Read our blog for more baby food recipes for 9 month olds.


Foods to avoid

Certain kinds of seafood - While you have started your little one on fish, be cautious not to give them swordfish, shark or tuna. These fish contain high levels of mercury that is very dangerous for your baby’s nervous system. It is also not advisable to feed your baby shellfish like clams, mussels or prawns as they could trigger an allergic reaction.

Whole nuts - Nuts of any kind while high in protein, can cause your little one to choke. Experts advise avoiding nuts until the age of at least 5 years.

Salt - While most of our recipes have mentioned salt, remember to incorporate only a pinch. Your 9 month old baby’s kidney will not be able to handle more than that amount.

Sugar - Introduce your toddler to natural sugars found in fruits. Artificial and added sugars found in fizzy drinks, cakes, biscuits, sweets, etc can be detrimental to your baby’s developing milk teeth.

CHAPTER 8

baby food chart
for 10 months-1 year old:

Say hi to the finger
food pro

Your baby has begun reaching out to food and is intrigued
to taste everything! Here’s how you can introduce table etiquette and
make them an official member at the table.

Your little one is in his or her final stages of babyhood as it were and is ready to become a toddler! Between the ages of 10 to 12 months, your baby’s calorie intake will be related to their weight. However, pediatricians recommend that your baby will need 90 to 120 calories per kilogram of weight. This means your daughter requires 717 calories per day, while your son requires 793 calories.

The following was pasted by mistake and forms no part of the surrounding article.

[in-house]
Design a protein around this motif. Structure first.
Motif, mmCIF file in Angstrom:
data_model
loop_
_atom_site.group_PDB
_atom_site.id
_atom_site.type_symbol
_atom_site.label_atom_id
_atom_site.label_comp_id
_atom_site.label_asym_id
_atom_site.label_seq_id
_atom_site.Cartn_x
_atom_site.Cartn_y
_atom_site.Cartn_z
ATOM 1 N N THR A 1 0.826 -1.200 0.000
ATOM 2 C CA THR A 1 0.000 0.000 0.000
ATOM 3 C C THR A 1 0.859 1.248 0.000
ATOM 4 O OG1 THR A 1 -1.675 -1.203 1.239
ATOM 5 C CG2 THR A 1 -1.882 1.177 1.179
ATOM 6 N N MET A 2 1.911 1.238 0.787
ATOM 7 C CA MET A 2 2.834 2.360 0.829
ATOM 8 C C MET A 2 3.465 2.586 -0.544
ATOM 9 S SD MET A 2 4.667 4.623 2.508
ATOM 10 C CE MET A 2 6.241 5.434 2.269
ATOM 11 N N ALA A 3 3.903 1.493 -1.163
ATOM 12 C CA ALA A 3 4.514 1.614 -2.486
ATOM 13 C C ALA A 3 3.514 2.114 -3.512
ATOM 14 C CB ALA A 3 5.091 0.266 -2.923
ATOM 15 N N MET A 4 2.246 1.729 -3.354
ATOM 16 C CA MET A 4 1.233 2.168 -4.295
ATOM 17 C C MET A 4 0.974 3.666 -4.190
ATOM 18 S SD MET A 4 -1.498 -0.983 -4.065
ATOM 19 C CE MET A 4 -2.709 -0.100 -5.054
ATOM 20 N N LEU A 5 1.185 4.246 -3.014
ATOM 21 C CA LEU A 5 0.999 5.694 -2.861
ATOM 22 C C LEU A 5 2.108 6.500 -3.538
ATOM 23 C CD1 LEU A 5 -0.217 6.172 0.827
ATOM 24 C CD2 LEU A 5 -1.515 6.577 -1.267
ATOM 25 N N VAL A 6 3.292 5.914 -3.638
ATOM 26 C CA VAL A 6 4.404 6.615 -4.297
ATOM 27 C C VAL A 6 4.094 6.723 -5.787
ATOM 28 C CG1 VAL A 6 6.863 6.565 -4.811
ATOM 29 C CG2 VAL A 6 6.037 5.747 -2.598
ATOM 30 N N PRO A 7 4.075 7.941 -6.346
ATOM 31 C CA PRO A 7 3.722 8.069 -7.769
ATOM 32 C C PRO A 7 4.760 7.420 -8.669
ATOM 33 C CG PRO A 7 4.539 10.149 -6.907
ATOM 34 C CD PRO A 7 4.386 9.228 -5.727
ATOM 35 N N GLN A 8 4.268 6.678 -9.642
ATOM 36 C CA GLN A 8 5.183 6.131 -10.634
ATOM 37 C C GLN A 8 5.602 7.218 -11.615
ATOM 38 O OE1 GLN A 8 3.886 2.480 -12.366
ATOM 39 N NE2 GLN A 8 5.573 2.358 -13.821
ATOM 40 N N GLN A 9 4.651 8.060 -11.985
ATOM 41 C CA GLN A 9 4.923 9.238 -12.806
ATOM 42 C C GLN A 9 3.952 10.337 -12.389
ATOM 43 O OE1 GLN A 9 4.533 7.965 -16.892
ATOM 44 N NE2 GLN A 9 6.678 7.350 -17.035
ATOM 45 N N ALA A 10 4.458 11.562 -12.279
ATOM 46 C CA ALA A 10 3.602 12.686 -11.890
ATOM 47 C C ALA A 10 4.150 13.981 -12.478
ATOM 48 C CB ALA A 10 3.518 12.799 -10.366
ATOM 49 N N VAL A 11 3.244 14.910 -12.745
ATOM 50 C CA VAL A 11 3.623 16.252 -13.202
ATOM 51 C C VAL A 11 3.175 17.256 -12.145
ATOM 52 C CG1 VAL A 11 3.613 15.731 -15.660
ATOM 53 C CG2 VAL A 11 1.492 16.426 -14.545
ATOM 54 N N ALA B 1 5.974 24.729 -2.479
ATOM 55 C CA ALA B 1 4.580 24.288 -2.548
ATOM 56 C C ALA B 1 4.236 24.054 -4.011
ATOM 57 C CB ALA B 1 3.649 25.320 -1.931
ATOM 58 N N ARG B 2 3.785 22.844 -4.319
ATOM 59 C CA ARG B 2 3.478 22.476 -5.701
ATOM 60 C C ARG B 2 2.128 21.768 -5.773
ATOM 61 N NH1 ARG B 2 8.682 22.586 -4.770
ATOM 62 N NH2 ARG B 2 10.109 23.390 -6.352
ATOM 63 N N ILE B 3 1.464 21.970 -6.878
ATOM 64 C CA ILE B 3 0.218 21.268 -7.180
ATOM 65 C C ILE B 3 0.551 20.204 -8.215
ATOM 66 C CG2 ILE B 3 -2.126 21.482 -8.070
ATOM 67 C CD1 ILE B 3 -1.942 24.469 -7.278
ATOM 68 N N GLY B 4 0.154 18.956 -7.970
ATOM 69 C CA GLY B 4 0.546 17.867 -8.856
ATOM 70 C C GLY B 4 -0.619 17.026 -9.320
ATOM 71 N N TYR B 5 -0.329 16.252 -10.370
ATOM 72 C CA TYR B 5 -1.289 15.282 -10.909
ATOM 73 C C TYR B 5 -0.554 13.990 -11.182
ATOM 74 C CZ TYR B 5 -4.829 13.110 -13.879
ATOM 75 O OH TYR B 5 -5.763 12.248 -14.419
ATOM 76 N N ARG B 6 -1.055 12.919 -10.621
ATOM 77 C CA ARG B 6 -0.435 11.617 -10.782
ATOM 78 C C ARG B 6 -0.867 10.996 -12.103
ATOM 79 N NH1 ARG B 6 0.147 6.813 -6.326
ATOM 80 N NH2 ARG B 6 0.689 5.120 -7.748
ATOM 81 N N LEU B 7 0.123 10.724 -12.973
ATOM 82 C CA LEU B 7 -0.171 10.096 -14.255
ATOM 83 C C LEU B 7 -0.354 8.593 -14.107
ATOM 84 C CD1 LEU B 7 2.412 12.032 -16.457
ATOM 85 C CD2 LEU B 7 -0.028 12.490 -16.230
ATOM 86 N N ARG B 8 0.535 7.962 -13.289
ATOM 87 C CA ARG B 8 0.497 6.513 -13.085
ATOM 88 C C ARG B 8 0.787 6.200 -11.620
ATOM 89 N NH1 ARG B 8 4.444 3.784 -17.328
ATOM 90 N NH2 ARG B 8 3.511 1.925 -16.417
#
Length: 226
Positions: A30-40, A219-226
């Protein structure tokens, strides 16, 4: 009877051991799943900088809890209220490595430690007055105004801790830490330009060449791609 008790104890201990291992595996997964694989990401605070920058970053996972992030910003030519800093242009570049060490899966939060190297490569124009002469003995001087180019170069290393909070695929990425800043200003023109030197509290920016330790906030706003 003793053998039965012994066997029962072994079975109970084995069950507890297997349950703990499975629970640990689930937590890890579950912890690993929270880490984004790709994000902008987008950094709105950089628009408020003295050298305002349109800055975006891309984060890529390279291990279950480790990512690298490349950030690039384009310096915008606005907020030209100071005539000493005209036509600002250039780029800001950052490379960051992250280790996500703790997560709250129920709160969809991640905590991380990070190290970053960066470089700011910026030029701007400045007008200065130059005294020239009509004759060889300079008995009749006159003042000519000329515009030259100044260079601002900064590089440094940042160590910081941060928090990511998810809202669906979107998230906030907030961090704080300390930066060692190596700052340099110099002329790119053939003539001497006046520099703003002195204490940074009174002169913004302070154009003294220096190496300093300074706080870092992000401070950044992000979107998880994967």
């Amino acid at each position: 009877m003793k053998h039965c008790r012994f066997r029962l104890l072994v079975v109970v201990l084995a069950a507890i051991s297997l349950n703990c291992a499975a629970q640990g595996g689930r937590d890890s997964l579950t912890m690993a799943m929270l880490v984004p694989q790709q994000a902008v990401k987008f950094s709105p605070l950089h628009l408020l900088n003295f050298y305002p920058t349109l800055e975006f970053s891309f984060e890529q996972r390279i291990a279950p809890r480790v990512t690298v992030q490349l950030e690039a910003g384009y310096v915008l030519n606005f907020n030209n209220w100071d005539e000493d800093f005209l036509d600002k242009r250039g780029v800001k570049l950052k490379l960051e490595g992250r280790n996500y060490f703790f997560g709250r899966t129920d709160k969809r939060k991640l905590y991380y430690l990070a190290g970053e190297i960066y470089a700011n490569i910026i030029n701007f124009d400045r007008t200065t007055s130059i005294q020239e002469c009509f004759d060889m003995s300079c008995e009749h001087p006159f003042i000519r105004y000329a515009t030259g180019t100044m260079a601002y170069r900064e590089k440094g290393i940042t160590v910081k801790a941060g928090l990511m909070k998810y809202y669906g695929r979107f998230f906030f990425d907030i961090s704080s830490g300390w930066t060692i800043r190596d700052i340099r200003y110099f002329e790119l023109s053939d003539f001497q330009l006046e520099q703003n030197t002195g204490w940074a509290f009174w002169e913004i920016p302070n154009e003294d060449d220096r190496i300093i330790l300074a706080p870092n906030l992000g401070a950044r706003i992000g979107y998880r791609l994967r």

Considering your baby is almost a year old, they would already have been introduced to all the major food groups. This gives you ample room to play around in your baby food chart for 10 months. In addition, you will need to make sure your little one is receiving the adequate vitamins and minerals to ensure their healthy growth and development.

How much food should your baby eat?

Between the ages of 10 to 12 months, the amount of food your baby consumes will depend on their appetite, quantity of food provided, how much energy they spend, etc. However, as a rule of thumb, take into consideration the following quantities:

  • ¼ to ½ cup of cereals like rice, wheat or semolina
  • ¼ to ½ cup of fruits and vegetables
  • 2 to 3 tablespoons of dairy products (or dairy substitutes if your baby is lactose intolerant
  • 4 tablespoons of meat, poultry or seafood

Basic feeding tips

With your baby’s first teeth quickly appearing, you can now start feeding them chewier foods!